It’s CSL time again! Shenhua’s 2015 season begins with a home “derby” against Shanghai Shenxin – will the weakest of the city’s three sides provide a welcome bedding-in ground for Tim Cahill and company?
A Brave New World
After a 2014 to forget, Shenhua owners Greenland spent the close-season attempting to repair their takeover PR disaster by reverting to a more fan-friendly club name and badge, along with signing a combination of decent domestic and overseas pros, along with the headline-stealing capture of Tim Cahill from New York. Of the side which ended 2015 with a drab 1-1 up in Liaoning, only captain Gio Moreno and portly custodian Qiu Shenjiong can consider themselves likely starters – and of the side who faced off in Jinshan in 2014’s reverse of this season-opener, three further players (Gao Di, Wang Shouting, and Bai Jiajun) are likely first-XI players.
Having been through two coaches in 2014, and made their full complement of close-season transfers – including a clear-out of four internationally-capped players through retirement and injury and replacement with a further seven – Shenhua will be a much-changed beast in 2015. Along with the obvious dynamite goalscoring input expected from Cahill, Shenhua’s success will depend on the answer to questions including how quickly the new-look side will gel, which of Stoppila Sunzu and Avraam Papadopolous will feature in central defence or defensive midfield, whether Li Jianbin can continue the development showed in his previous loan spell with Shenhua, and whether the cohort of Lv Zheng, Zhang Lu and Deng Zhuoxiang represent CSL journeymen or interrupted careers waiting to take back off.
Tim and Tactics
Perhaps the biggest question surrounds the shape and style of 2015’s new-look Shenhua under Francis Gillot. A side with a chronic lack of width slightly remedied the situation by signing two wide players — Lv and Zhang — although both are naturally right-sided. With Cahill thriving on aerial service, but Gio Moreno also best used through the middle, Shenhua may end up adopting a rather narrow formation — NTN’s preferred option would see Gao Di used as a lone striker with Cahill and Gio behind, and the inconsistent Luis Henrique the odd-foreigner-out — or mis-using one of their two center-forwards or plethora of natural playmakers as a faux left winger. Expect to see some tweaking and experimentation over the first few fixtures as the new signings and coach bed in.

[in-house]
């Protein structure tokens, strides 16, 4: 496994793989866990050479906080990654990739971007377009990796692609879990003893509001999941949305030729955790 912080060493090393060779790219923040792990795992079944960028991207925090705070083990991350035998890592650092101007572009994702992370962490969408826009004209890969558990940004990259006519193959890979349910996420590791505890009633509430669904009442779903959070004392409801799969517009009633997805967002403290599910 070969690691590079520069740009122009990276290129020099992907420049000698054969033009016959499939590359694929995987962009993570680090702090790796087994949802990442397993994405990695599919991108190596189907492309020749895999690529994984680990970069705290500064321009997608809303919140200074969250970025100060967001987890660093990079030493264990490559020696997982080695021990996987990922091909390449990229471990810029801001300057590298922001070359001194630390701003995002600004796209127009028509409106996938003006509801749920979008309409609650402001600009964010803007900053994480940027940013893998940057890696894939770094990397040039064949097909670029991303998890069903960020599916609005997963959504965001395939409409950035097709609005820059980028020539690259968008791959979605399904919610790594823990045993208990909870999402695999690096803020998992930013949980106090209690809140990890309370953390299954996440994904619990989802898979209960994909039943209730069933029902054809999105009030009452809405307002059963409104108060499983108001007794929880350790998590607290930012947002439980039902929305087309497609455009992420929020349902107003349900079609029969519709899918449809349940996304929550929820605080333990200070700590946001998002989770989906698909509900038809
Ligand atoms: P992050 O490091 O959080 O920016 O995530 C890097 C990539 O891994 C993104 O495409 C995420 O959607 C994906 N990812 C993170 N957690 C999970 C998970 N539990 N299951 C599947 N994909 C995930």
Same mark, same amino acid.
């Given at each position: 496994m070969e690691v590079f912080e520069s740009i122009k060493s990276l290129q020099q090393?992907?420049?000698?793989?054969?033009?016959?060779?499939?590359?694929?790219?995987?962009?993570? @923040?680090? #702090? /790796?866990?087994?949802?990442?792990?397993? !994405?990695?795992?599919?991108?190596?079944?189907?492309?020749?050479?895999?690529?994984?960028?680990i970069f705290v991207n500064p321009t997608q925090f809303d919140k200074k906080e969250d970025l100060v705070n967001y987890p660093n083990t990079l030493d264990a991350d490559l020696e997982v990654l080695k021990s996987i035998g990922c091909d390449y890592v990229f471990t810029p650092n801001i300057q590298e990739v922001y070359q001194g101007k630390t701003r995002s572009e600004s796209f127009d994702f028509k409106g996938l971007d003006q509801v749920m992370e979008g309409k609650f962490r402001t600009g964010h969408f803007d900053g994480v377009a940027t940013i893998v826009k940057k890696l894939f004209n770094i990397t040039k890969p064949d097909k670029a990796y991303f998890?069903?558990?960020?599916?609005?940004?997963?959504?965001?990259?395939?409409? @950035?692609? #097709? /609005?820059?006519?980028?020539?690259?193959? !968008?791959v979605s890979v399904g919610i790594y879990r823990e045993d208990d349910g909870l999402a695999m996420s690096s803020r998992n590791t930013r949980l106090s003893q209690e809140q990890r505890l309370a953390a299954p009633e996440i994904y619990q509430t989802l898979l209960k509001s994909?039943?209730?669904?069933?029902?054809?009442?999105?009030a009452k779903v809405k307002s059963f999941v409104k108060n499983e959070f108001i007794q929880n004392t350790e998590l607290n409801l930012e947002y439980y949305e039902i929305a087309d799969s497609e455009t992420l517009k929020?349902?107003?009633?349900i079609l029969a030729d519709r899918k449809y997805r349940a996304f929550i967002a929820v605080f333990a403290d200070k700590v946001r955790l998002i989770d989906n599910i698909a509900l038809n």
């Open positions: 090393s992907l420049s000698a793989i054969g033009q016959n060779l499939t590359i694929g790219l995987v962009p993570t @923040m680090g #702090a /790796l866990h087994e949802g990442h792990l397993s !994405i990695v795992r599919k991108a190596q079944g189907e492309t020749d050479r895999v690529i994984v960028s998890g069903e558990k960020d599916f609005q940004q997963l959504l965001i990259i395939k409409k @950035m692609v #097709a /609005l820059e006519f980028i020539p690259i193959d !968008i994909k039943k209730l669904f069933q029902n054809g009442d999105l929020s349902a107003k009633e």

A “Local” “Rivalry”?
Shenxin’s pseudo-Shanghai status has been well-documented and mocked here previously; constant stadium-moving has left the side with a very limited local fanbase, reflected by a truly dismal away showing for the Honkgou fixture last season. It’s clear that Shenhua-SIPG is the big local rivalry these days – and with both sides strengthening over the transfer window, this could become one of Asia’s great intra-city rivalries given time. Some spice will be added to this particular fixture due to former Shenxin captain and last season’s top-scorer Wang Yun potentially making his Shenhua debut — although whether the 31-year-old midfielder is needed or welcome at Hongkou may remain open to debate.
If Shenxin’s local credentials are up for question, then so is their competitive credibility in this fixture – Shenhua won both league fixtures and a cup quarter-final by two-goal margins last season, and have not been beaten by “Shenxin” since the 2011 season, their final year based in Nanchang. Perenially somehow scraping their way out of the relegation places, Shenxin have lost their captain and goalkeeper over the close-season, with the bulk of their signings making the step up from China League One – although Nigerian Daniel Chima comes with solid pedigree from Norway and may trouble a new-look Shenhua back-line.
Preview & Reality Check
You can’t really ask for a kinder start to the season than facing Shenxin; while the Nanchang/Jinshan/Pudong side can be counted on to provide some dour resistance for much of the game, Shenhua very much have a hex over their galline neighbors. It’s difficult to escape the conclusion that Shenhua have strengthened over the winter whereas Shenxin’s squad looks weaker – expect some early teething troubles for Timmy and co, but an ultimately comfortable 3-0 Shenhua win.
Steve Crooks is ‘s Shanghai Shenhua correspondent. Check his North Terrace News column each week for the latest club developments.
Shenhua in 2014 according to North Terrace News:
P 30 W 10 D 4 L 16 GF 29 GA 46 GD -17 Pts 34
Shenhua in 2014 according to the CSL table:
P 30 W 8 D 11 L 11 GF 33 GA 45 GD -12 Pts 35